parati ye roen tgenograms or measurements
demonstrated a Iron tal con vexity men ingioma,
of the hypoglossal canals. In 1964, Con-
together with the incidental finding of a per-
sistent hypoglossal artery. Reversed Stenvers stans et al.2 utilized tomography to demon-
views (Fig. 4, ii aiud B and tomograms (Fig. strate an enlarged hs’poglossal canal sec-
c, 4-C) revealed an enlarged left hypoglossal ondary to a persistent hypoglossal artery.
canal measuring i8 mm. by 9 mm. as compared This is the only case we have been able to

From the Department of Radiology, Duke University Medical Center, Durham, North Carolina.

528
VoL. ii8, No. 3 The Hvpoglossal Artery and Hvpoglossal Canal 529

JIG. 1. Case 1. Percutaneous leftcommon carotid anteriograms. (A) Lateral view shows the prinlitive hvpo-
glossal artery arising fnonl the internal carotid artery (open arrow) and coursing through the hiypoglossal
canal (opposing arrows) to join the basilar artery. (B) Anteroposterior view shows simultaneous filling
of the anterior and posterior circulation.

FIG. 2. Case Modified reversed Stenvers view. (A) The


1. normal right canal (arrows) measures 7 mm. by
6 mm. (B) The enlarged left canal (arrows) measures 33 mm. by 30 mm. The contour is smooth with a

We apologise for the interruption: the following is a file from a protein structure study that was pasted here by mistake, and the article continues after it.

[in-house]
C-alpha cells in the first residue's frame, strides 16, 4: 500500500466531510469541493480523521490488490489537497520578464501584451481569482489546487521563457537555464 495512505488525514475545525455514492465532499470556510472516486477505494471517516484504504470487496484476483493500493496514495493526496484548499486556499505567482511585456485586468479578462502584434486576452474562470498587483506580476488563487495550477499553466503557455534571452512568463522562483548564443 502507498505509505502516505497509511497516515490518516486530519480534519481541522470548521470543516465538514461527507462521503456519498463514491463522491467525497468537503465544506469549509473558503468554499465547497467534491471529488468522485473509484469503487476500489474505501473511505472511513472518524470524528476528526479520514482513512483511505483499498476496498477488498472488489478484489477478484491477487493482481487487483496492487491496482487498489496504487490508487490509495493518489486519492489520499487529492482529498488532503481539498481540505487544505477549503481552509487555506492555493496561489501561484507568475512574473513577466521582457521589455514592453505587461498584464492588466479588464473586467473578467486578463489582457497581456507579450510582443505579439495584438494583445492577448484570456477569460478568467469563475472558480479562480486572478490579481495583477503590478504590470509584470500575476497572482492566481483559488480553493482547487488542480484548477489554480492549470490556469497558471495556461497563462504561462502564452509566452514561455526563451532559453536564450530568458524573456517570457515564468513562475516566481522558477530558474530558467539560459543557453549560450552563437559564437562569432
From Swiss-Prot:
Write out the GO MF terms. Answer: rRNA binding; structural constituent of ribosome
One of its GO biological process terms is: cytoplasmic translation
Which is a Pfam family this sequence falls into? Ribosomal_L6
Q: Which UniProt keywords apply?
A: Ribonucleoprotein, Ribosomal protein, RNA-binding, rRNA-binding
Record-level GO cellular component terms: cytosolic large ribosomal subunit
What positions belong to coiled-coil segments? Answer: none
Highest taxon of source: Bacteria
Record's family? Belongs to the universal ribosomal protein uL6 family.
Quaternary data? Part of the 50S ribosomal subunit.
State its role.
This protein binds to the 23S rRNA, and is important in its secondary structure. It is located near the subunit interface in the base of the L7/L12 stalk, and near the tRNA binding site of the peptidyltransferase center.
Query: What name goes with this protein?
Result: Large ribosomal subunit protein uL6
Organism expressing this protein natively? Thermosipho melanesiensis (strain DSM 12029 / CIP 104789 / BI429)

thin sclerotic rim.
530
G. A. Wardwell, J. A. Goree and J. P. Jinuenez JULY, 1973

the hypoglossal canal was described by


Kirdani.5 In his series of 68 canals, using
dried skulls and patient material, he found
that the mid portion of the canal tended to
be round with a 6 fllflu. average diameter.
The largest dianueter was 11 mm. and the
smallest 4 num. A variation of as much as
3 mnu. was found when conuparing opposite
sides of tile sanue skull in the reversed
Stenvers position. Ihe inner and outer
openings of the hs’poglossal canal tended
JIG. ;. (ase i. Antenopostenior linear coronal tomo-
gram at the level of the foranien magnum. lile to 1)e oval witil the long axis horizontal.
night canal (left arrow) is seen niistinctl y. Ille The greatest diameter of ci tiuer opeiu ing was
left canal (night arrow) is enlarged when compared I 2 flum. ‘iie absolute and comparative
to the nigilt.
measurenuents in both our cases exceed the
upper limits of nornlal according to Kirdani.
find ill tile literature with comparative The left hs’poglossal canal in Case i (i,

roentgenographic documentation. Coiu- muu. b s’ 10 Dl Ill.) 5 6 nu Ill. Iarger t 11an tile

stalls et i/.- gave no llleasurenuents. nornual right canal (6 iuum. by 7 mm.)


‘Ille nornual roetu tgenographic anatonu 5’ of when tile greatest dianueters are conupared

11G. 4. Case ii. Modified reversed Stenvens view. (A) i’he nornlal right canal (arrowheads) measures 8 mm.
by 6 111111. (B) The enlarged left canal (arrows) is iS nlm. by 9 mm. The canal has a “kidney bean” con-
tour with a thin sclerotic rim.
\‘oi. ill, No. 3 Tile Hvpoglossai Artery and Hvpoglossal Canal 53’

The long axis is vertical in the abnormal diameter than the normal right canal (8
canal. In Case II, the left canal (i8 mnu. by mm. by 6 mm.). The long axis is again